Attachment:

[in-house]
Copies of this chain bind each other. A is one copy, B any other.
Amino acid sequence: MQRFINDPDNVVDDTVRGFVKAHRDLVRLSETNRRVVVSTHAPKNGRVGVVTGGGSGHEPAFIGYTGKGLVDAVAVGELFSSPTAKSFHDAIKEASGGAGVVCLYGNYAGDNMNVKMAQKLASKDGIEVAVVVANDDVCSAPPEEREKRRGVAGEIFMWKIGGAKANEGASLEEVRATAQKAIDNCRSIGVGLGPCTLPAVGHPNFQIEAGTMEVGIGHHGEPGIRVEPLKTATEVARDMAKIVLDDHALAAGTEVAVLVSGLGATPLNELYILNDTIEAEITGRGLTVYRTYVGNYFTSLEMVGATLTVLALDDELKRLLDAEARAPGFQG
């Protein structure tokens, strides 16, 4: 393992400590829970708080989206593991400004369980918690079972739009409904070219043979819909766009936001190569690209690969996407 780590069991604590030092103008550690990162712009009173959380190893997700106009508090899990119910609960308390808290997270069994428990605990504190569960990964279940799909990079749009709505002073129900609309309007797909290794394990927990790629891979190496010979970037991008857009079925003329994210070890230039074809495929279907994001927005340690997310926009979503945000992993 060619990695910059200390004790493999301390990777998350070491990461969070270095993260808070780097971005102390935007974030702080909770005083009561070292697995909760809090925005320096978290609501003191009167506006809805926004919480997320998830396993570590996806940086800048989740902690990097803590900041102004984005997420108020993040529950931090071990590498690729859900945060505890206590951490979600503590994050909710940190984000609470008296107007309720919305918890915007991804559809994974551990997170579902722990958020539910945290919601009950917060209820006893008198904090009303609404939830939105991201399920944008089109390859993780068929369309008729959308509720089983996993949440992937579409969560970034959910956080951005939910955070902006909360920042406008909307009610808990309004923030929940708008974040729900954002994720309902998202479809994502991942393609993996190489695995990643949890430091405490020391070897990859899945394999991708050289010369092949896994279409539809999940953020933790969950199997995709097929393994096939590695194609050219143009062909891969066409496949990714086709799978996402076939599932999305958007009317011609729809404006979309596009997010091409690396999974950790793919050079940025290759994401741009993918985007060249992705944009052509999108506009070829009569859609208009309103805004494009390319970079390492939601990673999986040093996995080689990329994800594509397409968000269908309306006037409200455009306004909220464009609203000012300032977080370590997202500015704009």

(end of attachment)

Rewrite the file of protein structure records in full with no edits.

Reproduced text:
[in-house]
Copies of this chain bind each other. A is one copy, B any other.
Amino acid sequence: MQRFINDPDNVVDDTVRGFVKAHRDLVRLSETNRRVVVSTHAPKNGRVGVVTGGGSGHEPAFIGYTGKGLVDAVAVGELFSSPTAKSFHDAIKEASGGAGVVCLYGNYAGDNMNVKMAQKLASKDGIEVAVVVANDDVCSAPPEEREKRRGVAGEIFMWKIGGAKANEGASLEEVRATAQKAIDNCRSIGVGLGPCTLPAVGHPNFQIEAGTMEVGIGHHGEPGIRVEPLKTATEVARDMAKIVLDDHALAAGTEVAVLVSGLGATPLNELYILNDTIEAEITGRGLTVYRTYVGNYFTSLEMVGATLTVLALDDELKRLLDAEARAPGFQG
């Protein structure tokens, strides 16, 4: 393992400590829970708080989206593991400004369980918690079972739009409904070219043979819909766009936001190569690209690969996407 780590069991604590030092103008550690990162712009009173959380190893997700106009508090899990119910609960308390808290997270069994428990605990504190569960990964279940799909990079749009709505002073129900609309309007797909290794394990927990790629891979190496010979970037991008857009079925003329994210070890230039074809495929279907994001927005340690997310926009979503945000992993 060619990695910059200390004790493999301390990777998350070491990461969070270095993260808070780097971005102390935007974030702080909770005083009561070292697995909760809090925005320096978290609501003191009167506006809805926004919480997320998830396993570590996806940086800048989740902690990097803590900041102004984005997420108020993040529950931090071990590498690729859900945060505890206590951490979600503590994050909710940190984000609470008296107007309720919305918890915007991804559809994974551990997170579902722990958020539910945290919601009950917060209820006893008198904090009303609404939830939105991201399920944008089109390859993780068929369309008729959308509720089983996993949440992937579409969560970034959910956080951005939910955070902006909360920042406008909307009610808990309004923030929940708008974040729900954002994720309902998202479809994502991942393609993996190489695995990643949890430091405490020391070897990859899945394999991708050289010369092949896994279409539809999940953020933790969950199997995709097929393994096939590695194609050219143009062909891969066409496949990714086709799978996402076939599932999305958007009317011609729809404006979309596009997010091409690396999974950790793919050079940025290759994401741009993918985007060249992705944009052509999108506009070829009569859609208009309103805004494009390319970079390492939601990673999986040093996995080689990329994800594509397409968000269908309306006037409200455009306004909220464009609203000012300032977080370590997202500015704009």